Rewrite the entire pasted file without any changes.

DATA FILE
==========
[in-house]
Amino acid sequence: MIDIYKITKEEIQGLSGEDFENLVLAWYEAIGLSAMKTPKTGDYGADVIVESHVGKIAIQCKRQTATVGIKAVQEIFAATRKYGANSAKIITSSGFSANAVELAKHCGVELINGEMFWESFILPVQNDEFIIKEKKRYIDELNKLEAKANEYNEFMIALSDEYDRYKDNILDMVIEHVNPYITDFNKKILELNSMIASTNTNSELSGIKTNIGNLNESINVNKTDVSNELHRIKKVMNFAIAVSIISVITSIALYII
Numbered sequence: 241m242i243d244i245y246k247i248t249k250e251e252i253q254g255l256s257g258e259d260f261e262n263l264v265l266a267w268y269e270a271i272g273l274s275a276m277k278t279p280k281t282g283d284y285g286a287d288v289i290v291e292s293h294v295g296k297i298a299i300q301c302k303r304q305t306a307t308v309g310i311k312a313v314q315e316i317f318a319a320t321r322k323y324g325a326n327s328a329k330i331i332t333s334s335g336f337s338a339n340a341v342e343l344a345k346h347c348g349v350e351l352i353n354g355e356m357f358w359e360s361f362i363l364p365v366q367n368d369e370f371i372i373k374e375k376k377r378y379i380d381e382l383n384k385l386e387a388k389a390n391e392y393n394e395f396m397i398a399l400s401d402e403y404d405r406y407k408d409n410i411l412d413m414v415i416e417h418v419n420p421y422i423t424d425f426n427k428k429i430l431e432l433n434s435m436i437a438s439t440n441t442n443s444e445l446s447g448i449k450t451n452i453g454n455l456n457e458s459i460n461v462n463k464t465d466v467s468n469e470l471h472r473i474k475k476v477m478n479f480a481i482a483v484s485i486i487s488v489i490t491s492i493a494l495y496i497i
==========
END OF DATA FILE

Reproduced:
[in-house]
Amino acid sequence: MIDIYKITKEEIQGLSGEDFENLVLAWYEAIGLSAMKTPKTGDYGADVIVESHVGKIAIQCKRQTATVGIKAVQEIFAATRKYGANSAKIITSSGFSANAVELAKHCGVELINGEMFWESFILPVQNDEFIIKEKKRYIDELNKLEAKANEYNEFMIALSDEYDRYKDNILDMVIEHVNPYITDFNKKILELNSMIASTNTNSELSGIKTNIGNLNESINVNKTDVSNELHRIKKVMNFAIAVSIISVITSIALYII
Numbered sequence: 241m242i243d244i245y246k247i248t249k250e251e252i253q254g255l256s257g258e259d260f261e262n263l264v265l266a267w268y269e270a271i272g273l274s275a276m277k278t279p280k281t282g283d284y285g286a287d288v289i290v291e292s293h294v295g296k297i298a299i300q301c302k303r304q305t306a307t308v309g310i311k312a313v314q315e316i317f318a319a320t321r322k323y324g325a326n327s328a329k330i331i332t333s334s335g336f337s338a339n340a341v342e343l344a345k346h347c348g349v350e351l352i353n354g355e356m357f358w359e360s361f362i363l364p365v366q367n368d369e370f371i372i373k374e375k376k377r378y379i380d381e382l383n384k385l386e387a388k389a390n391e392y393n394e395f396m397i398a399l400s401d402e403y404d405r406y407k408d409n410i411l412d413m414v415i416e417h418v419n420p421y422i423t424d425f426n427k428k429i430l431e432l433n434s435m436i437a438s439t440n441t442n443s444e445l446s447g448i449k450t451n452i453g454n455l456n457e458s459i460n461v462n463k464t465d466v467s468n469e470l471h472r473i474k475k476v477m478n479f480a481i482a483v484s485i486i487s488v489i490t491s492i493a494l495y496i497i